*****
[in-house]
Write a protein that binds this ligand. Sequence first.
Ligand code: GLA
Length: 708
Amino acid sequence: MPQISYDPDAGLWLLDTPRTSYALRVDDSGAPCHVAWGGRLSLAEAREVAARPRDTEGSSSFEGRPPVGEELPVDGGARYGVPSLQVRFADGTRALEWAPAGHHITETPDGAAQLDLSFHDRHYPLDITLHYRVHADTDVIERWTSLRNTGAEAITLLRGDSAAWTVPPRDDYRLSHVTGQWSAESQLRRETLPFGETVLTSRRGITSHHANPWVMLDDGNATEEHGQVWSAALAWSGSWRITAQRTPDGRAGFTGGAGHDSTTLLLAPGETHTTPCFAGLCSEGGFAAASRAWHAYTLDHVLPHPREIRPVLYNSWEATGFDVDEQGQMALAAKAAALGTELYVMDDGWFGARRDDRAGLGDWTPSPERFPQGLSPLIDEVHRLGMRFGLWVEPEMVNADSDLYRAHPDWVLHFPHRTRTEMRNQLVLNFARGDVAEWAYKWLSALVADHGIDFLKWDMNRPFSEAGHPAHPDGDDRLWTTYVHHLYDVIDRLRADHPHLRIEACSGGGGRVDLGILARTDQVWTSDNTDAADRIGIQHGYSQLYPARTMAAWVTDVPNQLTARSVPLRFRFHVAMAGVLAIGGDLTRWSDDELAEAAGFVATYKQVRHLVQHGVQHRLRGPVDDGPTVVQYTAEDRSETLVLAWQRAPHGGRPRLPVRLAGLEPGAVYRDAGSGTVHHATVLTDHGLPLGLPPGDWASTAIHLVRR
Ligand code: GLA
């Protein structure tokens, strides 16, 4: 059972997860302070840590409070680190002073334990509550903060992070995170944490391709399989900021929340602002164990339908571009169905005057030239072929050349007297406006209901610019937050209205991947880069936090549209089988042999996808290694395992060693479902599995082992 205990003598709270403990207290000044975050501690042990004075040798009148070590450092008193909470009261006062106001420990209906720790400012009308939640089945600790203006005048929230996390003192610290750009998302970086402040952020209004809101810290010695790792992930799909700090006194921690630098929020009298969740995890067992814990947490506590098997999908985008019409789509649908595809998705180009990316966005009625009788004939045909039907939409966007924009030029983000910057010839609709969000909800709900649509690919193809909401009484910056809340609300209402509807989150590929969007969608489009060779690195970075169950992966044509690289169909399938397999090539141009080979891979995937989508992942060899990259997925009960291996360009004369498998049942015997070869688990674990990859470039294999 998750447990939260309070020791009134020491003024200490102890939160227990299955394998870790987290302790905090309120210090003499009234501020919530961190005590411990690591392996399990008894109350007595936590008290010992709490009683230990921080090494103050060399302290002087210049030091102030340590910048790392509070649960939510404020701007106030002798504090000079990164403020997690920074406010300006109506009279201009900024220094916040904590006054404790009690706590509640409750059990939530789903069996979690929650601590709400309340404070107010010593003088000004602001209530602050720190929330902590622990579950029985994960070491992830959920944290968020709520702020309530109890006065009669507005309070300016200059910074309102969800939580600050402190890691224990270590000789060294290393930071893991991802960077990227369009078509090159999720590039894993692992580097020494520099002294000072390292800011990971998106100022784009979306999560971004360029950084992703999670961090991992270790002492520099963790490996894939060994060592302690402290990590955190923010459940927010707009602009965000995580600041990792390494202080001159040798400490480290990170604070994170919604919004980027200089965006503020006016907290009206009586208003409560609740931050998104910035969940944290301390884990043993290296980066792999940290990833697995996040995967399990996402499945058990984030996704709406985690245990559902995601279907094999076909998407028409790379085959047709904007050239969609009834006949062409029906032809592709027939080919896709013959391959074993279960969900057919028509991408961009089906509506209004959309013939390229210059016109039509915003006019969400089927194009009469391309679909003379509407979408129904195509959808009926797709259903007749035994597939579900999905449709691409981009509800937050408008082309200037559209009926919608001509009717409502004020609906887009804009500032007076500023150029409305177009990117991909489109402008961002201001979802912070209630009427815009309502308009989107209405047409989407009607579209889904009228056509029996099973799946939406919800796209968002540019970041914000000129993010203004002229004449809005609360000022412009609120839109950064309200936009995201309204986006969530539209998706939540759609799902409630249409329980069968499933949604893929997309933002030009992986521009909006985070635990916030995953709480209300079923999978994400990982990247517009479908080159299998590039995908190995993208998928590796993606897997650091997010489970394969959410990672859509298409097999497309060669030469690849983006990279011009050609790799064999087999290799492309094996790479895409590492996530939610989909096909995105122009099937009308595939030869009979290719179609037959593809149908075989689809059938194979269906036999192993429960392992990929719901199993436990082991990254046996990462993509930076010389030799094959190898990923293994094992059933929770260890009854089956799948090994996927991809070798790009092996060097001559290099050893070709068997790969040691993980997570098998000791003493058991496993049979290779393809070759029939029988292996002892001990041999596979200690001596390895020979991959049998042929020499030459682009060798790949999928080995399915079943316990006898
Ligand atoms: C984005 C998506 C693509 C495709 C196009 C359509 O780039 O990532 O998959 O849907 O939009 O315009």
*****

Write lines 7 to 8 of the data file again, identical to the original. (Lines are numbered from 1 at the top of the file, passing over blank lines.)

């Protein structure tokens, strides 16, 4: 059972997860302070840590409070680190002073334990509550903060992070995170944490391709399989900021929340602002164990339908571009169905005057030239072929050349007297406006209901610019937050209205991947880069936090549209089988042999996808290694395992060693479902599995082992 205990003598709270403990207290000044975050501690042990004075040798009148070590450092008193909470009261006062106001420990209906720790400012009308939640089945600790203006005048929230996390003192610290750009998302970086402040952020209004809101810290010695790792992930799909700090006194921690630098929020009298969740995890067992814990947490506590098997999908985008019409789509649908595809998705180009990316966005009625009788004939045909039907939409966007924009030029983000910057010839609709969000909800709900649509690919193809909401009484910056809340609300209402509807989150590929969007969608489009060779690195970075169950992966044509690289169909399938397999090539141009080979891979995937989508992942060899990259997925009960291996360009004369498998049942015997070869688990674990990859470039294999 998750447990939260309070020791009134020491003024200490102890939160227990299955394998870790987290302790905090309120210090003499009234501020919530961190005590411990690591392996399990008894109350007595936590008290010992709490009683230990921080090494103050060399302290002087210049030091102030340590910048790392509070649960939510404020701007106030002798504090000079990164403020997690920074406010300006109506009279201009900024220094916040904590006054404790009690706590509640409750059990939530789903069996979690929650601590709400309340404070107010010593003088000004602001209530602050720190929330902590622990579950029985994960070491992830959920944290968020709520702020309530109890006065009669507005309070300016200059910074309102969800939580600050402190890691224990270590000789060294290393930071893991991802960077990227369009078509090159999720590039894993692992580097020494520099002294000072390292800011990971998106100022784009979306999560971004360029950084992703999670961090991992270790002492520099963790490996894939060994060592302690402290990590955190923010459940927010707009602009965000995580600041990792390494202080001159040798400490480290990170604070994170919604919004980027200089965006503020006016907290009206009586208003409560609740931050998104910035969940944290301390884990043993290296980066792999940290990833697995996040995967399990996402499945058990984030996704709406985690245990559902995601279907094999076909998407028409790379085959047709904007050239969609009834006949062409029906032809592709027939080919896709013959391959074993279960969900057919028509991408961009089906509506209004959309013939390229210059016109039509915003006019969400089927194009009469391309679909003379509407979408129904195509959808009926797709259903007749035994597939579900999905449709691409981009509800937050408008082309200037559209009926919608001509009717409502004020609906887009804009500032007076500023150029409305177009990117991909489109402008961002201001979802912070209630009427815009309502308009989107209405047409989407009607579209889904009228056509029996099973799946939406919800796209968002540019970041914000000129993010203004002229004449809005609360000022412009609120839109950064309200936009995201309204986006969530539209998706939540759609799902409630249409329980069968499933949604893929997309933002030009992986521009909006985070635990916030995953709480209300079923999978994400990982990247517009479908080159299998590039995908190995993208998928590796993606897997650091997010489970394969959410990672859509298409097999497309060669030469690849983006990279011009050609790799064999087999290799492309094996790479895409590492996530939610989909096909995105122009099937009308595939030869009979290719179609037959593809149908075989689809059938194979269906036999192993429960392992990929719901199993436990082991990254046996990462993509930076010389030799094959190898990923293994094992059933929770260890009854089956799948090994996927991809070798790009092996060097001559290099050893070709068997790969040691993980997570098998000791003493058991496993049979290779393809070759029939029988292996002892001990041999596979200690001596390895020979991959049998042929020499030459682009060798790949999928080995399915079943316990006898
Ligand atoms: C984005 C998506 C693509 C495709 C196009 C359509 O780039 O990532 O998959 O849907 O939009 O315009």